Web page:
CARRIE ANN R.CUSACKMDSENAIT W.DYSONMDJACQUELINE M.JUNKINS-HOPKINSMDVINCENTLIUMDKARLA S.ROSENMANMD
A 41-year-old Turkish woman who was referred to the dermatology department at the Medical University of Graz (Austria) had bullous skin lesions that were located on both arms and that had arisen 48 hours after a skin prick test for common food and airborne allergens (Figure 1). She stated that during the first 30 minutes after needle inoculation no cutaneous signs were observed and that a negative finding for the skin prick test report was made. However, within the next 24 hours, progressively enlarging and painful bullous lesions appeared in the same areas as the skin prick test. Physical examination showed multiple bullous lesions on both arms, almost 1 cm in diameter, surrounded by erythema, as well as few pustules on her face and painful ulcers on her tongue and genital area (Figure 2). The patient reported oral and genital ulcers a few months prior to the skin prick test. She was seen by an otorhinolaryngologist and gynecologist, who respectively diagnosed her as having a nonspecific stomatitis aphthosa and genital candidiasis. A punch biopsy specimen was obtained for microscopic evaluation from a bullous lesion on her left arm that resulted after the skin prick test (Figure 3).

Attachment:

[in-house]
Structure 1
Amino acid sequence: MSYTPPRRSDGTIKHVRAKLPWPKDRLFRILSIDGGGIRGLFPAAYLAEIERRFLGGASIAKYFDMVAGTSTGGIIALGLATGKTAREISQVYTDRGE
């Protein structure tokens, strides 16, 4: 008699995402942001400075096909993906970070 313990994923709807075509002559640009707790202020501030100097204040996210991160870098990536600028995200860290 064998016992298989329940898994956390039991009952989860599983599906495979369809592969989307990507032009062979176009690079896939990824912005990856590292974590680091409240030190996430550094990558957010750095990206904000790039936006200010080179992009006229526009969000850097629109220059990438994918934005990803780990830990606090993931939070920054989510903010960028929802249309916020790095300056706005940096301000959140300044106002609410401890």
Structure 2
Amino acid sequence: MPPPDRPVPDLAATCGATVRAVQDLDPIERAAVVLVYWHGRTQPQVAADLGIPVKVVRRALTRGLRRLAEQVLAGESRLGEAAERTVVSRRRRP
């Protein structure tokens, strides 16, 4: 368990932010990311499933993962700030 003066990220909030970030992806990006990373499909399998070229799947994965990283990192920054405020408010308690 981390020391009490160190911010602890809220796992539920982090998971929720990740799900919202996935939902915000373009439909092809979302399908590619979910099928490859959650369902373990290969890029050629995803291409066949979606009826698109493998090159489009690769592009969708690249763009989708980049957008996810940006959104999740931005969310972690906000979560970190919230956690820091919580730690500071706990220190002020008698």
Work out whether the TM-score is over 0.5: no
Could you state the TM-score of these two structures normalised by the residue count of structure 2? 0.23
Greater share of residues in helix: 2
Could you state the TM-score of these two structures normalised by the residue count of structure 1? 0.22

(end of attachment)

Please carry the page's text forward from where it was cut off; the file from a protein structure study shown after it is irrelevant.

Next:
Massone C, Aberer E, Brunasso AMG, Cerroni L. Bullous Lesions Arising After a Skin Prick Test—Quiz Case. Arch Dermatol. 2008;144(6):795–800. doi:10.1001/archderm.144.6.795-d
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